FEMA Contractors Reach a $5 Million Deal in Class Action Trailer Settlement

Four FEMA contractors agreed to pay $5 million to gulf coast victims in a class action settlement last week. The settlement stems from pooled claims alleging gulf coast residents’ exposure to increased levels of formaldehyde in FEMA trailers after Hurricanes Katrina and Rita. Formaldehyde is a chemical that is a known carcinogen.

The class includes an estimated 60,000 plaintiffs from Louisiana, Texas, Mississippi and Alabama. These plaintiffs claim that their exposure to elevated levels of formaldehyde while living in the trailers caused various breathing problems and cancers. The funds will be distributed upon a U.S. District Court’s finding that the settlement is fair. This hearing will take place Sept. 27.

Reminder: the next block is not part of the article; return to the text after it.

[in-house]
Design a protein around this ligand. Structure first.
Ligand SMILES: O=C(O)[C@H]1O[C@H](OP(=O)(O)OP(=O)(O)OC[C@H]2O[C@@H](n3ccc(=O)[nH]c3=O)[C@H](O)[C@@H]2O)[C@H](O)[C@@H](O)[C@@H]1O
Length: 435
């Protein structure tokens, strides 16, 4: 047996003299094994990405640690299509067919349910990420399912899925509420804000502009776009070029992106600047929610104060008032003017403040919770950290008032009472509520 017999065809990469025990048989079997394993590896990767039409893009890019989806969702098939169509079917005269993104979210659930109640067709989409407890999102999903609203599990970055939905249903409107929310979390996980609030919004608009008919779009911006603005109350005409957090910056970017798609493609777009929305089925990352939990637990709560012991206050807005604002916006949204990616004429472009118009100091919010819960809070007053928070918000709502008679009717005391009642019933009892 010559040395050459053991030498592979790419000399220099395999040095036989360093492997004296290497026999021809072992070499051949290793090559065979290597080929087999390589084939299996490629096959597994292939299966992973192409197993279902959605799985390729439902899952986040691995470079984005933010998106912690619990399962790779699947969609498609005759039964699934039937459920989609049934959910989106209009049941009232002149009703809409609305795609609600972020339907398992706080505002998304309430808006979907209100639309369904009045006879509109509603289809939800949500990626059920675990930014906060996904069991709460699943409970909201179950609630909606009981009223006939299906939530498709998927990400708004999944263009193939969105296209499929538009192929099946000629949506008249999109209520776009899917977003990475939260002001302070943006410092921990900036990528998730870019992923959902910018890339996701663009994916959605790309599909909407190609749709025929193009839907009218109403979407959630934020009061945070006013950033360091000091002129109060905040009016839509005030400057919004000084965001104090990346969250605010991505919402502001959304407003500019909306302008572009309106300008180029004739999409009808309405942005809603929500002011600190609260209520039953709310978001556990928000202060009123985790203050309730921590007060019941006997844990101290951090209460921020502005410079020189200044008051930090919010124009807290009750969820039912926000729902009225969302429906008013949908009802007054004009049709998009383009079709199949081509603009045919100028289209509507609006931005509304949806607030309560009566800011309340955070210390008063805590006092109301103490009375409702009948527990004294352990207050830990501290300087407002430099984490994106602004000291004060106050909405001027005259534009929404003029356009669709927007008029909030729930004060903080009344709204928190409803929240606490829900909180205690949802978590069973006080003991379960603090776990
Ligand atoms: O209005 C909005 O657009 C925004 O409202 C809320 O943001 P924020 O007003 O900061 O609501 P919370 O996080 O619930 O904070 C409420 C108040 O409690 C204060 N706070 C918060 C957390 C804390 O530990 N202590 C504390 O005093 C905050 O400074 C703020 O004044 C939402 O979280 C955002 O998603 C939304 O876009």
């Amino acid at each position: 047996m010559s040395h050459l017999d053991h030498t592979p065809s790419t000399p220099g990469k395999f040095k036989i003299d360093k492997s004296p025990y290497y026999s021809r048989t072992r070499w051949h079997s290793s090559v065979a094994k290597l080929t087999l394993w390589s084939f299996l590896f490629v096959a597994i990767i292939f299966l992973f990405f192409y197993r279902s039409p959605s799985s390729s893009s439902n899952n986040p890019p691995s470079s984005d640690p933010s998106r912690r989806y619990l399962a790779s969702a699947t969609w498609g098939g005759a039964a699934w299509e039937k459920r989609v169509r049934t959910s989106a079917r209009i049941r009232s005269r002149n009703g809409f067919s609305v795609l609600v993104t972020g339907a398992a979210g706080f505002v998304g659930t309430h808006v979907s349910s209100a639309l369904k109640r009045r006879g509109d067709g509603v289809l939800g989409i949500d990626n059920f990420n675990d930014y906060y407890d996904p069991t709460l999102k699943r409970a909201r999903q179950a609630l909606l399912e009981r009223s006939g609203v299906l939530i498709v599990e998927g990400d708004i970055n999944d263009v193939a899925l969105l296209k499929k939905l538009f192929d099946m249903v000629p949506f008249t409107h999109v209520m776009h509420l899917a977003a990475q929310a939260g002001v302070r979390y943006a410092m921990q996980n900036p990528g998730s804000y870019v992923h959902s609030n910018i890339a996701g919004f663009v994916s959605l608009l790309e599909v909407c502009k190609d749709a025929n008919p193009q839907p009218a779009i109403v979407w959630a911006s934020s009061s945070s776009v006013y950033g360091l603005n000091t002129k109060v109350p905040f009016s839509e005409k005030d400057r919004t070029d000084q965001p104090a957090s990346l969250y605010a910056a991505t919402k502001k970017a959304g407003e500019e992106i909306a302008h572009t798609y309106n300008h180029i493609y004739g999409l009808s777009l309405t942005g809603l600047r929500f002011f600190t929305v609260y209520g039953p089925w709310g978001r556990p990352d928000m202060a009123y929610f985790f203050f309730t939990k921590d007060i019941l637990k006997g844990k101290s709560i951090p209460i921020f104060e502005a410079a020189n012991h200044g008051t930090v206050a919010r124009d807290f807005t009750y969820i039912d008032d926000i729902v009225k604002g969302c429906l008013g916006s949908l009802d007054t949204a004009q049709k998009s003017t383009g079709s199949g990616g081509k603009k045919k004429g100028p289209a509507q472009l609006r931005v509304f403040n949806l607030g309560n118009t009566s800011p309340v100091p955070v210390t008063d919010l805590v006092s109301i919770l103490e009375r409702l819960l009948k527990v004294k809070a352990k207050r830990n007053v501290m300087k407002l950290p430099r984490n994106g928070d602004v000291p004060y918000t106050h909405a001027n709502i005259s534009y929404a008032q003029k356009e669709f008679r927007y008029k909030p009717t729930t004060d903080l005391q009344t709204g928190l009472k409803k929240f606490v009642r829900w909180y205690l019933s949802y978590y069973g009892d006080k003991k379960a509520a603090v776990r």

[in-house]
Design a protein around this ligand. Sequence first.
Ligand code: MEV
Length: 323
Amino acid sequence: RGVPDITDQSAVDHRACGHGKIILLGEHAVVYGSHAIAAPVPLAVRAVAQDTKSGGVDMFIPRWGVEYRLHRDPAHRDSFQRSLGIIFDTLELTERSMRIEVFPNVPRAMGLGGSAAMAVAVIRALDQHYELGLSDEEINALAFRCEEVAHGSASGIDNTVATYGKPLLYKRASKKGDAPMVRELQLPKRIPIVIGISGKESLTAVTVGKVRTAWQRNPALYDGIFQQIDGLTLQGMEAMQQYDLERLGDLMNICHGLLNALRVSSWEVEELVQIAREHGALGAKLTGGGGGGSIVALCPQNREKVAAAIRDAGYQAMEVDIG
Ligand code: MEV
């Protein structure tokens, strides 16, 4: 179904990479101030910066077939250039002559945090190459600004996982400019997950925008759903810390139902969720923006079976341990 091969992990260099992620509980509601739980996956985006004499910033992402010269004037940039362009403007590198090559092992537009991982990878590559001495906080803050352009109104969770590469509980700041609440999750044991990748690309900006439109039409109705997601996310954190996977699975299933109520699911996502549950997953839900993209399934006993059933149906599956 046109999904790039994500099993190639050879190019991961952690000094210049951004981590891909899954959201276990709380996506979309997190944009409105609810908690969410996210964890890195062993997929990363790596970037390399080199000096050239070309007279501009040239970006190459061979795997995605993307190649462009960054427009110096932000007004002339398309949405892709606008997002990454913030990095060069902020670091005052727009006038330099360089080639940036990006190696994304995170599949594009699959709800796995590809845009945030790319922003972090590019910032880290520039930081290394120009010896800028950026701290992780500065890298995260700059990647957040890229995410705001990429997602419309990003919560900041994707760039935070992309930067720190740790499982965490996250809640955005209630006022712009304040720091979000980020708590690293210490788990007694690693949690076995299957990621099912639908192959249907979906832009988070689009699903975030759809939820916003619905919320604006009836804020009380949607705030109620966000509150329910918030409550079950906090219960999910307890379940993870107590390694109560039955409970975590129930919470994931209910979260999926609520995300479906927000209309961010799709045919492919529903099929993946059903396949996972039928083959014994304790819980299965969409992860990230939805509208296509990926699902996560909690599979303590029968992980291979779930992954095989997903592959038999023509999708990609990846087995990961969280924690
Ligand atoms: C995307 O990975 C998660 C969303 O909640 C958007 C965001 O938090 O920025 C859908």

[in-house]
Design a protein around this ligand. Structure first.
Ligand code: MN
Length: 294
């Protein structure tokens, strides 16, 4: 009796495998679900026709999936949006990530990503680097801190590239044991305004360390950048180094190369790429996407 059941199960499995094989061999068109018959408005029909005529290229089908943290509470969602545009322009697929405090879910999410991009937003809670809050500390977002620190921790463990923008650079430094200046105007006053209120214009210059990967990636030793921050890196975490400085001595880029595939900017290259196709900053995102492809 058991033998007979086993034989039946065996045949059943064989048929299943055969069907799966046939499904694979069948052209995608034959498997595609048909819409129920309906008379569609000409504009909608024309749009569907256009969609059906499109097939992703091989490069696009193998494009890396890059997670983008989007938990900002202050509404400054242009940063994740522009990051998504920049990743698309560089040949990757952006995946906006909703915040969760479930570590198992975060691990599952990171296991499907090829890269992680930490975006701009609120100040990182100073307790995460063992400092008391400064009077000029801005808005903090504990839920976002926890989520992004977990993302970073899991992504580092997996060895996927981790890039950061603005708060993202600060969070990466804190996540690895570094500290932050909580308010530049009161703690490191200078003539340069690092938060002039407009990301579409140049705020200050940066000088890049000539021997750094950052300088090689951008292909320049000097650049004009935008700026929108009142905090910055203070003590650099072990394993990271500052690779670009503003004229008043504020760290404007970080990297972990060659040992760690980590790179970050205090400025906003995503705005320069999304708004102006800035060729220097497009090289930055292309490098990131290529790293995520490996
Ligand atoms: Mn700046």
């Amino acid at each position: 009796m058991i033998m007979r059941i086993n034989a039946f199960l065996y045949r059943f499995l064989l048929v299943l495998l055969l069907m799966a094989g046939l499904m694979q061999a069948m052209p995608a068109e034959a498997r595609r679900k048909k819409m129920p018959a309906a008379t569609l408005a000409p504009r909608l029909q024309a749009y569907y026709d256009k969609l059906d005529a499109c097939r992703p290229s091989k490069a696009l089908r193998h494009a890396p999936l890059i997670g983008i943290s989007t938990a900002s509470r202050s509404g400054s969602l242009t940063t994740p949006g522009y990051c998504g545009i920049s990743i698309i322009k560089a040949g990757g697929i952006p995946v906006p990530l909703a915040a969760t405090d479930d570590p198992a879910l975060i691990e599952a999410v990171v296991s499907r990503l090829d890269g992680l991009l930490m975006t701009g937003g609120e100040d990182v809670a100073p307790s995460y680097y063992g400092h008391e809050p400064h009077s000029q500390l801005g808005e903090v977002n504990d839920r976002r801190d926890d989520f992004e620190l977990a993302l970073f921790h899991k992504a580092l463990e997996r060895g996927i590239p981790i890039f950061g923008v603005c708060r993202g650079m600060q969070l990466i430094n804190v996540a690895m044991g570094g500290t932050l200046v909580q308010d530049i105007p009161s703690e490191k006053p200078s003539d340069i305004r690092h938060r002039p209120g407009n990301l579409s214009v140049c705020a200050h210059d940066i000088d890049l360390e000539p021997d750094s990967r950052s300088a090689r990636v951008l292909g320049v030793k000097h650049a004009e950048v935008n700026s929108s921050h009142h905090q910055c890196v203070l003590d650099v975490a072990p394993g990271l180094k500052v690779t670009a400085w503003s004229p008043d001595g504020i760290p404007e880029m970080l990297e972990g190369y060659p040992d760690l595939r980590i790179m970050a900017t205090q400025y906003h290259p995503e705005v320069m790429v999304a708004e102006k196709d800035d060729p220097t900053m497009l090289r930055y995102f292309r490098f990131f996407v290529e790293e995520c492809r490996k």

Class action lawsuits allow a large number of plaintiffs to file suit against large corporations, often when the plaintiffs would ordinarily lack the resources to file their claims individually. To bring a class action lawsuit, the class members’ claims must have common issues of fact and law. Class actions are often successful, as seen in this settlement, if the claims are so similar that multiple filings would be repetitive and an inefficient use of court resources.

Class actions lawsuits can be a powerful litigation tool for everyday citizens, especially in cases involving toxic torts and products liability. For questions, contact Broussard, David & Moroux at 888-337-2323 (toll free) or 337-233-2323 (local).

Contact Information